“Hosanna” to “Crucify Him”

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Why did the people welcome Jesus on Palm Sunday and after only 6 days, decide to crucify Him?

A few thoughts came to my mind.

Benedict XVI asserted that the people who welcomed Jesus with Hosannas were not the same people who shouted Crucify him in Jerusalem

The authorities ensured that it was a show trial, making sure that the followers of Jesus were unable to show up to “vote”.

Then I thought of Barabbas…

There were essentially only two options for the crowd.

Barabbas, who revolted violently against Roman Rule and was now captured and slated for execution.

Or Jesus of Nazareth, a prophet who did not intend to overthrow the Romans by force. Who preached the kingdom of God, which did not know national boundaries. In which love is extended to enemies.

Barabbas would have been glad of Jesus’ help. But Jesus had earlier declared, “give to Caesar what belongs to Caesar, give to God what belongs to God.” Jesus loved both the Romans and Barabbas.

And thus the crowd chose Barabbas.

It chose violence, action, revenge.

Love, forgiveness, mercy. These were “good to haves”.

But given only two choices, which one seemed more ‘practical”?

Which one seemed the way of the hero?

If we had two choices only, which would we choose?

“Father forgive us, for we know not what we do.”

Nick Chui

Nick Chui

Nick Chui is happily married and teaches history and Religious Education in a Catholic secondary school in Singapore. He has a Masters in Theological studies from the John Paul II Institute for Marriage and Family, Melbourne.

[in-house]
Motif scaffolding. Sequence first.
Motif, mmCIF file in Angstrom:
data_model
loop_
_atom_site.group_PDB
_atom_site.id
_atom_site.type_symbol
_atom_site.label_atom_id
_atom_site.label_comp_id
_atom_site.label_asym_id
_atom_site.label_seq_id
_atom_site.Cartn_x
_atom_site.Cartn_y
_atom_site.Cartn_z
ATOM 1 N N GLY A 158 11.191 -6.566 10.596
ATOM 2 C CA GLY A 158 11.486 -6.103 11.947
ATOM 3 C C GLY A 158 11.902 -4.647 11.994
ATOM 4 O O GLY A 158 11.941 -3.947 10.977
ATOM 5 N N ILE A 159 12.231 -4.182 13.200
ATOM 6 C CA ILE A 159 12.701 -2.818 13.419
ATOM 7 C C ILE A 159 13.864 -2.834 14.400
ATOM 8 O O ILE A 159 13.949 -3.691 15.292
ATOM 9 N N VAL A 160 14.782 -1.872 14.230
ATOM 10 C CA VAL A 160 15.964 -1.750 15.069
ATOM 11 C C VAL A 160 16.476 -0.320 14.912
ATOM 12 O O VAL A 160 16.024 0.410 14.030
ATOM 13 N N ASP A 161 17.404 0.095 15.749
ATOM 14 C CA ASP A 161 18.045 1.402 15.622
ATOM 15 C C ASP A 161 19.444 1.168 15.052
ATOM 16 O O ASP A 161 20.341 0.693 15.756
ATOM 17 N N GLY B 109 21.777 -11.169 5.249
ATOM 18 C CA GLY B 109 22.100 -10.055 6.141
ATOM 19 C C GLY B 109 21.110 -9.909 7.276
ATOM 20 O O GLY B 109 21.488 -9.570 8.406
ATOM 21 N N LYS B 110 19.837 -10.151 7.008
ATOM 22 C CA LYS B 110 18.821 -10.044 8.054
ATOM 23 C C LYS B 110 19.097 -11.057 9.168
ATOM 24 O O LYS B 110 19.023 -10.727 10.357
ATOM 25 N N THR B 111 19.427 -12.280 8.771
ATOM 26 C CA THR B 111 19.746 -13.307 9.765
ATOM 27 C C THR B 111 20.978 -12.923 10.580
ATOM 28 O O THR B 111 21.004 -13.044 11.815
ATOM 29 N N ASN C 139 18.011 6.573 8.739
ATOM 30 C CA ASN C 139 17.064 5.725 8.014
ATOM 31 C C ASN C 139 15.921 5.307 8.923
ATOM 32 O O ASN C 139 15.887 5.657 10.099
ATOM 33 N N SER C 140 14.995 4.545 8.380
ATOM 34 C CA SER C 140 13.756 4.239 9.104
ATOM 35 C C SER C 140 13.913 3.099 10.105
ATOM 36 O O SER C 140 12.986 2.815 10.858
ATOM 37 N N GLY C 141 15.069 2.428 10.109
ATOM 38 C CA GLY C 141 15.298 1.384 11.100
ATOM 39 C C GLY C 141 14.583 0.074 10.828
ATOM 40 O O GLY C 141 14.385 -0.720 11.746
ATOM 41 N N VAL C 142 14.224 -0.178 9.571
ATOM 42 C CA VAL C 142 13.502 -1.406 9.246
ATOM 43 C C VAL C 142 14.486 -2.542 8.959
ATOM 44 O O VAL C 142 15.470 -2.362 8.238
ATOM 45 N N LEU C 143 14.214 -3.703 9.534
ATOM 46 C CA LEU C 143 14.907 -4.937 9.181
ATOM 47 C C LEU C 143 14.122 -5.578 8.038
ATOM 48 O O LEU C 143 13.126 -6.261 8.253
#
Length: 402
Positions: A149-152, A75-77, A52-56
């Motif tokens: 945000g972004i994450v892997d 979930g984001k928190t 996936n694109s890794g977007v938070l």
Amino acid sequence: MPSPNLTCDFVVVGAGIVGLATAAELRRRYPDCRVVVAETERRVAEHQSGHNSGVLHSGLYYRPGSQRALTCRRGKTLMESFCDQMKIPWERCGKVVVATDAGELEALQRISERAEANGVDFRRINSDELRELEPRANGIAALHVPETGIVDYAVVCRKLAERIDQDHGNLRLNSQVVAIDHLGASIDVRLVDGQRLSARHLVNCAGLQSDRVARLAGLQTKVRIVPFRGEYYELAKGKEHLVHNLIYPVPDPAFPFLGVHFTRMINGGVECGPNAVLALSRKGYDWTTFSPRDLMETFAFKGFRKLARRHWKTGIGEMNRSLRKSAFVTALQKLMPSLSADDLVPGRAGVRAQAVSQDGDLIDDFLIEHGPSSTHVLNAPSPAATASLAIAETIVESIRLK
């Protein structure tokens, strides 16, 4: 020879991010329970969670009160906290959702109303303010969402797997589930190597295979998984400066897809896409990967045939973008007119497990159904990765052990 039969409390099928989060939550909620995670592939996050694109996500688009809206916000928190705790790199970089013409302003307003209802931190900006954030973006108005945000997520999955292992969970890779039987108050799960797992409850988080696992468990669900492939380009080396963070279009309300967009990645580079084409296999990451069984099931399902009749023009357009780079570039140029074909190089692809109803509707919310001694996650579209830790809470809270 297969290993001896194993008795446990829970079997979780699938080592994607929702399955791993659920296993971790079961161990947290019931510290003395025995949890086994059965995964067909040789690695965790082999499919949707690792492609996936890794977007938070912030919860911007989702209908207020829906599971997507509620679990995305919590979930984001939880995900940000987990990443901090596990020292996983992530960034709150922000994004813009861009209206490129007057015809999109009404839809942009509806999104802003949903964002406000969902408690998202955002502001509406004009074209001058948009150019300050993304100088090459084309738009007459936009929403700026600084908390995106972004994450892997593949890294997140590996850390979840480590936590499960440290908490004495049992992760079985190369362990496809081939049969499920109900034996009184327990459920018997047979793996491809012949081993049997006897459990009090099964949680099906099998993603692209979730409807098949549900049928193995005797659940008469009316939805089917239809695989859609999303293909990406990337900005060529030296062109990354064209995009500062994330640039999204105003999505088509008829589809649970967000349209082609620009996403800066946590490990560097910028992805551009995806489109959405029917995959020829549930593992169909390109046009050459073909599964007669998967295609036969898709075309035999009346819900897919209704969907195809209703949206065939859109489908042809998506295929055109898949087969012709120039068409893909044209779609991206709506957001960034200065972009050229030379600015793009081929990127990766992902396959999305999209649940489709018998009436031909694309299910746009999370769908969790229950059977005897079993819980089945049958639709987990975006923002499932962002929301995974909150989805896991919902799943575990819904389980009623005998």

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1 thought on ““Hosanna” to “Crucify Him””

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    In the Poem of the Man God, Maria Valtorta gives a thorough and logical explanation for this puzzle. In fact, after the entry into Jerusalem, Jesus was in such danger from the authorities that he fled with his Apostles to a safe place until just before Good Friday. That is why the parents of the man born blind were afraid to speak in favor of Jesus. The debates with the Pharisees that are found before the Passion in St. John took place in the very hostile environment that had developed, and this is why Judas had time to realize (not just three days) that any glorious kingdom or reconciliation with the authorities was impossible.

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